Two days ago I was called to go to the consulate in order to receive some feedback on my interview I did back in February. I heard that this is the first year they’ve done this for new JETs, and I’m quite happy to be one of the first recipients.
The session lasted only 15 minutes, but was jammed-packed with information I know will be useful to me once I start working in Japan. I figured I’d share with you what they told me about my interview (strong and weak points); maybe this will help some of you who are thinking of applying for the JET Programme next year.
First thing is first: you need to show good personality. Smiling, calm demeanour and poise is a must during the interview. They told me I had a wonderful personality that draws in attention. Now obviously, this can be hard to achieve, especially when you are shy or softspoken (which in fact I am), but being confident about your abilities, and showing them you know your stuff can prove itself beneficial. If you look confident, then you will gain more respect than if you cower in your corner, wringing your sweaty hands together (lovely image, I know). Showing passion for what you do and what you want to accomplish is also a good way to score points. They thought I had a lot to offer and could sense my love for languages, Japan and teaching.
This is the closest adjective that can describe what they told me; being able to ‘break the ice’ and relieve tension by acting spontaneous. In my case, I made fun of myself in order to alleviate the atmosphere. This works well for me in most situations, as humour is always a good stress reliever. While everyone is busy laughing, tension melts away and it becomes easier to connect with one another. During my mock classroom with the interviewers, I imitated an elephant in order to teach about onomatopoeias. This was apparently my best hit from the whole interview as it showcased my ability to be flexible and think quickly without being afraid of ridicule. I can chalk this off to my years of experience as an improvisationalist (improv comedy: my heat and soul!), and I’m happy to have taken the chance to do so during an interview for a job in Japan (land of the serious, immune to all things funny and sarcastic).
Now this might seem obvious, but knowledge of Japan and Japanese culture is a must. I was told that my extensive knowledge about history, literature and culture was a strong point. Also, by showing I had strong ties to the Japanese community in my hometown, I showed that I was a good ambassador of my own culture within a foreign community. Diplomacy is very important, considering you are applying for a job abroad, and are being sent there as an ambassador of your home country. Being able to show that you maintain a foreign culture alive while being abroad from said culture is a trait that JET interviewers look for. In my case, I have been actively pursuing language learning in university, attending Japanese cultural events in my city (matsuri, calligraphy, etc.) and maintaining ties with my group by going to Japanese restaurants and doing karaoke.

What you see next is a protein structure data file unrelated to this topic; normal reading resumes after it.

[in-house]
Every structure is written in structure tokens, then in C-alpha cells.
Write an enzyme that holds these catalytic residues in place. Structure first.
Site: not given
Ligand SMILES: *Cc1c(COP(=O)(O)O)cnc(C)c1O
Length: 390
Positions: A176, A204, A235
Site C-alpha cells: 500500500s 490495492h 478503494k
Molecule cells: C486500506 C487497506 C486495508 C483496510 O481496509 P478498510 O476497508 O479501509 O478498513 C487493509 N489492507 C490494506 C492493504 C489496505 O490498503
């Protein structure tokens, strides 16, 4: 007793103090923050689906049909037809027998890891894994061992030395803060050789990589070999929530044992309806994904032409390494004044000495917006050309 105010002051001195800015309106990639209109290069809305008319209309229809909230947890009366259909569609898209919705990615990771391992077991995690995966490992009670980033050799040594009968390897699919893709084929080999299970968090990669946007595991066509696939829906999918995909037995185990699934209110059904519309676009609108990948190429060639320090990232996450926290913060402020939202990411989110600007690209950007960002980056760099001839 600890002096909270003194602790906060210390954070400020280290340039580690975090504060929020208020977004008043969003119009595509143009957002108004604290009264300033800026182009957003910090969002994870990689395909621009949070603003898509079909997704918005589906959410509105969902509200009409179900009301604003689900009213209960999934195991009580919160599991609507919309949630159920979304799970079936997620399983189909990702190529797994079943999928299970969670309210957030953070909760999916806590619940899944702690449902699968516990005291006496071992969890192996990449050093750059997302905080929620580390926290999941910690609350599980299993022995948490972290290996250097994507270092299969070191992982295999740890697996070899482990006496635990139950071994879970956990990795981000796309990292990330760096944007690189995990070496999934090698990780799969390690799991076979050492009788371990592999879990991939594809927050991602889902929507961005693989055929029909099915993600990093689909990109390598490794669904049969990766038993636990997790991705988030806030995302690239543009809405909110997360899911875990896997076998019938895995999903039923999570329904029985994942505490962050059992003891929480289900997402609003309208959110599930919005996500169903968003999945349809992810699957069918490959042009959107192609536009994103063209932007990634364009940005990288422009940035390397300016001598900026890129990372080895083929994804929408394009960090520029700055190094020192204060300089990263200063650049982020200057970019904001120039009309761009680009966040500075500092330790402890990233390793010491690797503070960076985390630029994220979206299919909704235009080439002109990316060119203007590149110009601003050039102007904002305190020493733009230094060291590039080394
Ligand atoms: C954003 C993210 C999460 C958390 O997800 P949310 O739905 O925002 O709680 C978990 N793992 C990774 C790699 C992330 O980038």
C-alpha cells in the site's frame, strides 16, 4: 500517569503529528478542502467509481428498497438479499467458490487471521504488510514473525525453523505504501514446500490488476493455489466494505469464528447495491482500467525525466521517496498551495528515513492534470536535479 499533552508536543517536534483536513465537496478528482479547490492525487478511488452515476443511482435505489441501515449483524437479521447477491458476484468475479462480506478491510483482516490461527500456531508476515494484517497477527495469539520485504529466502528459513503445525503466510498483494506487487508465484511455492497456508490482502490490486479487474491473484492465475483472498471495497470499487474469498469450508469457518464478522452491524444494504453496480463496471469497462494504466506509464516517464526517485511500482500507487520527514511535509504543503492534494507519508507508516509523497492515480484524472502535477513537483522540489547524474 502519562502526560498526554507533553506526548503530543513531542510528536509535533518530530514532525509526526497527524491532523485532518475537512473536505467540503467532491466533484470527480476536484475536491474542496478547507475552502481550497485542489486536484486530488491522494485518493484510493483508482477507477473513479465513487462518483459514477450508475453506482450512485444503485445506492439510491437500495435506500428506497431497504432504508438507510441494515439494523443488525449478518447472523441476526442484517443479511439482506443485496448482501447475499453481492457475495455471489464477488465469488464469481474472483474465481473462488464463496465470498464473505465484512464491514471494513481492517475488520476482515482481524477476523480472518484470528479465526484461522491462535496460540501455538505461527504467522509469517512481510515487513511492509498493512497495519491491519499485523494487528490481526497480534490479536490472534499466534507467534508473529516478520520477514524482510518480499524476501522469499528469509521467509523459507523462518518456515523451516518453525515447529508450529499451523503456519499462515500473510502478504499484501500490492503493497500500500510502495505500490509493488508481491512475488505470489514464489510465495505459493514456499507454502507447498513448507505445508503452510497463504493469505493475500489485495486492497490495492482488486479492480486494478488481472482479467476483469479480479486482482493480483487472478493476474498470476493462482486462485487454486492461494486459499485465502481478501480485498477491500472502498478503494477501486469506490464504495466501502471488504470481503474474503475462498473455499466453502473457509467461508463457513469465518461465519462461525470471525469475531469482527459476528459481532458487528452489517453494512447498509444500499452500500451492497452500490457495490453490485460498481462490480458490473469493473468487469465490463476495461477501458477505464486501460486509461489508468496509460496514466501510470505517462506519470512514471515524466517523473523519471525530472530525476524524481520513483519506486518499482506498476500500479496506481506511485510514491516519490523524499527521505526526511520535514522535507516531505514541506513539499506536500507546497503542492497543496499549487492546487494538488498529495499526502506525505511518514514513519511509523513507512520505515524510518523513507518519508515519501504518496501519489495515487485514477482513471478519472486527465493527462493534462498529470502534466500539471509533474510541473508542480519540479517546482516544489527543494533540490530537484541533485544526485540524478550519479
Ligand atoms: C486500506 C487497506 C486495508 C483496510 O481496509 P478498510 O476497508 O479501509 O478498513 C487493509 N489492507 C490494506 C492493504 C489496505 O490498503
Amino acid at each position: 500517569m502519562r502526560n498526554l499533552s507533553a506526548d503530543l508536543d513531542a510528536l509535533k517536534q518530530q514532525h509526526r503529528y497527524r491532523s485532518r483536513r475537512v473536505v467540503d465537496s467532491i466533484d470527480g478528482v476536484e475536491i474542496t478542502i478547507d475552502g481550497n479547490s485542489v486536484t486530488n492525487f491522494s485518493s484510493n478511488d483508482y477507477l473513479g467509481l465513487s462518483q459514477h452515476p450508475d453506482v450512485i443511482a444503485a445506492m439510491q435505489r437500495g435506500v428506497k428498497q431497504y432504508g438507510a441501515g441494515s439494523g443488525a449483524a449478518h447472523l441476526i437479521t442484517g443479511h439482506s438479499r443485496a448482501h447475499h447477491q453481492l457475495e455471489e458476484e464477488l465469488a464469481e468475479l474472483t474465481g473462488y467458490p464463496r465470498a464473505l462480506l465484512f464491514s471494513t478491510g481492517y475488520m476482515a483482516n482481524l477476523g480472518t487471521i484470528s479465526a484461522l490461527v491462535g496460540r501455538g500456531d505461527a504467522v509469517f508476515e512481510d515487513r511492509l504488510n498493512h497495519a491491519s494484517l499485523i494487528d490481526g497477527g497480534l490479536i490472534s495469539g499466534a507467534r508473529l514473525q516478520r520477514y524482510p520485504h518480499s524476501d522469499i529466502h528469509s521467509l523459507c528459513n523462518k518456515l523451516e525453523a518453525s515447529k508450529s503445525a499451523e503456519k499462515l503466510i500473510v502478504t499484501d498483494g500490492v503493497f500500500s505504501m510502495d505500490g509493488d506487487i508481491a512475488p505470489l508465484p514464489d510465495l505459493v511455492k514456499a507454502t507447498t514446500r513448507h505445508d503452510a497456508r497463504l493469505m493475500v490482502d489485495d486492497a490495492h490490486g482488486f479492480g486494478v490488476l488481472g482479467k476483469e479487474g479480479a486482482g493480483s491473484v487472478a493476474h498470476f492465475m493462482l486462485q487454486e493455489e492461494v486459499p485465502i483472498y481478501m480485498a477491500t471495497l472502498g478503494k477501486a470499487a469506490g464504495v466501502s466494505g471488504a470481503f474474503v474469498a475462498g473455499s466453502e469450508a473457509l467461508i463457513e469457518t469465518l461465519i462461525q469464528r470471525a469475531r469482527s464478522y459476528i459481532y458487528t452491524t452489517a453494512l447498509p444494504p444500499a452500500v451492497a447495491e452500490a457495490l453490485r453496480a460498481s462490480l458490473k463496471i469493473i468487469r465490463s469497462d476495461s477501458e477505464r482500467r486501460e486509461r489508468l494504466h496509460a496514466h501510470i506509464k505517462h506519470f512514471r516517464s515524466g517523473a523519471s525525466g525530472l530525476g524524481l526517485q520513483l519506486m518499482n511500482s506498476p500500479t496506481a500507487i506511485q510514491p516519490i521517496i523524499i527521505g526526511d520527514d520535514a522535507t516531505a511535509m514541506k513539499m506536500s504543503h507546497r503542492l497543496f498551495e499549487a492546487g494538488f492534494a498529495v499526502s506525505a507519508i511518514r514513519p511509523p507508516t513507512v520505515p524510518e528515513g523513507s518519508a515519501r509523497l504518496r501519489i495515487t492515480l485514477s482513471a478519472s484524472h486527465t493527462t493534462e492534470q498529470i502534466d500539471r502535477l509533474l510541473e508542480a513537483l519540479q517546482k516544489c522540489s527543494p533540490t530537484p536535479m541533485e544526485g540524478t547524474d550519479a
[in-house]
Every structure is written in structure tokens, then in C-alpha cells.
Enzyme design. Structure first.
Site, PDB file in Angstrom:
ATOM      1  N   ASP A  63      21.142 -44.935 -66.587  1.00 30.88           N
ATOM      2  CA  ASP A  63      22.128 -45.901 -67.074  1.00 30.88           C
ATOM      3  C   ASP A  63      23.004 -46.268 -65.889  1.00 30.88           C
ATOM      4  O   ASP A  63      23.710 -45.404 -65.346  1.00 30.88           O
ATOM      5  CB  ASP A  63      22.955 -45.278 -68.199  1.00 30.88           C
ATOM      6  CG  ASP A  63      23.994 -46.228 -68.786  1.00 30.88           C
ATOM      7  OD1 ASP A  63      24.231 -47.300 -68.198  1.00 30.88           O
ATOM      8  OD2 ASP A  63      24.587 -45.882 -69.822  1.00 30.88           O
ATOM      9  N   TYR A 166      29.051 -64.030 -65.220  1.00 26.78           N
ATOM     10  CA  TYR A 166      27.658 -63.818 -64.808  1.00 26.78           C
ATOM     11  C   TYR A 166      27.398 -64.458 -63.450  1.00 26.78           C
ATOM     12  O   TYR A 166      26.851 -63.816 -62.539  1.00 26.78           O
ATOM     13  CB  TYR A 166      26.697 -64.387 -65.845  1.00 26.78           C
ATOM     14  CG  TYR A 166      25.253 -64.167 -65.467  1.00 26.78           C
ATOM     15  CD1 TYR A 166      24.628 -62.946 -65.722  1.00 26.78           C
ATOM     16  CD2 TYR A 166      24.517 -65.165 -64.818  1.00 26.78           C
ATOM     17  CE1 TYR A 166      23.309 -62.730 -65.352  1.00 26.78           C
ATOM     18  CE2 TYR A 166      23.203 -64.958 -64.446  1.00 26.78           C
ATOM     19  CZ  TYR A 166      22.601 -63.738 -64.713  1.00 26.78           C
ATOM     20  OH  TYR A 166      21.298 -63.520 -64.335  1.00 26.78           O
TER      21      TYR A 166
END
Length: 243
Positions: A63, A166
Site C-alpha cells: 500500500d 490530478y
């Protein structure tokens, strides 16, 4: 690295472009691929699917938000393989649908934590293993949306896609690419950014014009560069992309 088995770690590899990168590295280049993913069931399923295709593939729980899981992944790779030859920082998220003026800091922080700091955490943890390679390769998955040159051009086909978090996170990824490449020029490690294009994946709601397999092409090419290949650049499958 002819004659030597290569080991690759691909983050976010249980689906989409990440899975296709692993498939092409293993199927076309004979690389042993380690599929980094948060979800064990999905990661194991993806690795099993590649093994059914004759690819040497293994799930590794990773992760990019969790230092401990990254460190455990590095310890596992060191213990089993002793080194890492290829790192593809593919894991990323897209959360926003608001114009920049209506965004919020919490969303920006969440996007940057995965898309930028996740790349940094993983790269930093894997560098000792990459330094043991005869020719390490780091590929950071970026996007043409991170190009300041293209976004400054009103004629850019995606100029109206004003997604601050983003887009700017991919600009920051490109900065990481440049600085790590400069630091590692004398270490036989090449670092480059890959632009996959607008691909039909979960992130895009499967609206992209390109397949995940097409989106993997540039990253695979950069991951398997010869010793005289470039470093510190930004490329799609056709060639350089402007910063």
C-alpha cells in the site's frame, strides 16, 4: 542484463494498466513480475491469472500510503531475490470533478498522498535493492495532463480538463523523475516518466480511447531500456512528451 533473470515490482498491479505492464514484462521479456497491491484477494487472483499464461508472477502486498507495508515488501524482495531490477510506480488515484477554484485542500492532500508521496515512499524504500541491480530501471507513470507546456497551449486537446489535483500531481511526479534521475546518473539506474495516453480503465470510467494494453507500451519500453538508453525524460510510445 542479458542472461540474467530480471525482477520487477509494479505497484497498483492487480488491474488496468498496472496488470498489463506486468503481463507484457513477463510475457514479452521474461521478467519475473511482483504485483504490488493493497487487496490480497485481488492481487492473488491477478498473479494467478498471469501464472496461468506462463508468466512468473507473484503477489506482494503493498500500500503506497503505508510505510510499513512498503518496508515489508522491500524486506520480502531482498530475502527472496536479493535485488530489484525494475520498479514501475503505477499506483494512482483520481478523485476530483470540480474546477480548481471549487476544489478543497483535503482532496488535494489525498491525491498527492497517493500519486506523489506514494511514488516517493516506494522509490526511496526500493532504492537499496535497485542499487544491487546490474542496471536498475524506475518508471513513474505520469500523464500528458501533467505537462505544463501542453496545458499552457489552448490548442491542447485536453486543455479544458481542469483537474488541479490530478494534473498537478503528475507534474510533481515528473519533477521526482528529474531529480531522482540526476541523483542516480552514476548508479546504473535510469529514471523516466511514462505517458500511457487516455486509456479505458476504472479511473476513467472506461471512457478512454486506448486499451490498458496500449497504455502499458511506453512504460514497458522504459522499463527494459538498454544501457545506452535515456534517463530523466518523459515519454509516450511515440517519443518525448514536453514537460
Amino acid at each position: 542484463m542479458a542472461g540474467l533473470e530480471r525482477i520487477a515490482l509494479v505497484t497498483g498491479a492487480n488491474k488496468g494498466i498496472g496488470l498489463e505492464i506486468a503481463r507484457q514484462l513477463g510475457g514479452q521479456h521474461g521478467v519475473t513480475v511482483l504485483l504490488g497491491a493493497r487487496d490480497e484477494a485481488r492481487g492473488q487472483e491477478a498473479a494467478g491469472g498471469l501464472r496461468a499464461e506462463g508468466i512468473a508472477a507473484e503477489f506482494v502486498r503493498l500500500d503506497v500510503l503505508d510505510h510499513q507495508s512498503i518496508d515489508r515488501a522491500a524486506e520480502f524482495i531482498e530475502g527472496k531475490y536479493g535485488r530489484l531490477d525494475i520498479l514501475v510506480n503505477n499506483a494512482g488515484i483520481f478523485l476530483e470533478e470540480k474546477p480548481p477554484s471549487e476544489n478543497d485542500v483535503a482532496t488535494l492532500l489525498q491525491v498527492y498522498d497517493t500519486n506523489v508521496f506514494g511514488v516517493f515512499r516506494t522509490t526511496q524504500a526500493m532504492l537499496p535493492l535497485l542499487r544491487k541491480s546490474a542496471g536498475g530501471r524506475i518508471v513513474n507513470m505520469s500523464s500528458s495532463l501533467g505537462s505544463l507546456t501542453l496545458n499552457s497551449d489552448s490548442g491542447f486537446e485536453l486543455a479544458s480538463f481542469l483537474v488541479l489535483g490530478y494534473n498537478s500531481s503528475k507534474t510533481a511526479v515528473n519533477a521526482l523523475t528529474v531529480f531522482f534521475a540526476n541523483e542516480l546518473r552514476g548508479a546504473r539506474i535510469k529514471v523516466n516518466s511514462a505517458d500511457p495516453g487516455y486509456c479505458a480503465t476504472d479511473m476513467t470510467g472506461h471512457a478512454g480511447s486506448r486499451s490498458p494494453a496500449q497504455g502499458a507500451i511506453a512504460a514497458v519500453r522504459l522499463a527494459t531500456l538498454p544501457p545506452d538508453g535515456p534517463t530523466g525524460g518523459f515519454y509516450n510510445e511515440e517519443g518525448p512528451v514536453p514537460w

Body language is extremely important in an interview setting. Even though I was very conscious of my movements (sitting straight, no hand gestures, no face touching, etc.), I neglected eye contact with my employers, which made them wonder as to why I did so. As they told me, sometimes cultural factors come into play and prevent a person from using direct eye contact however, it is important to overcome that and engage with the speakers as much as possible. They told me I had very interesting replies to their questions, but they were sadly underplayed by my lack of eye contact. The lesson to be learned here is to not be afraid to stare a little and convey your ideas with confidence.
Taking up more place in a discussion is something that I need to work on. Of course, not knowing where I stand in a new environment, I wasn’t too sure of what I was allowed to say, or when it was time to take a back seat to the discussion and let others shine. This once cost me a job I was applying for in a group. Everyone was in an open discussion, with the interviewers observing us and, by being too softspoken, I wasn’t memorable to them an so, I was cut after the interview stage. Of course, those interviewers didn’t consider the possibility that might be a little bit shy, nor that I don’t like to be pushy in a group. Luckily for me, the JET interviewers were able to see past that small problem, and allowed me to move onto the next stage. Voicing one’s opinions is therefore very important in order to show your enthusiasm and skills in problem solving.
For those who are non-native English speakers, or speakers of several languages like myself, the enunciation and pronunciation of words in an interview context is highly important. Of course, applying for a job as an English teacher, this might seem like a given, but sometimes without knowing, a word from a foreign tongue slips into the conversation, or a misplaced accent on a vowel throws your rhythm off. Apparently, this happened to me during the interview. Honestly I don’t remember, but I trust their ears and good judgement on the matter. Possibly due to stress, my French accent might have popped out on certain words, creating a break in my demonstration of linguistic skills. In all honesty, I found this news to be very embarrassing, seeing as I am a native English speaker, but my day-to-day life is conducted in French (grocery shopping, university courses, going out with friends, etc.), which obviously has taken a toll on my native tongue. The main thing to remember here is to calm your mind before speaking, and not think too much about what you are going to say. Just let it flow naturally to prevent this from happening.
I hope my personal experiences were helpful to you future JETs, and that you can but this information to good use. Until next time!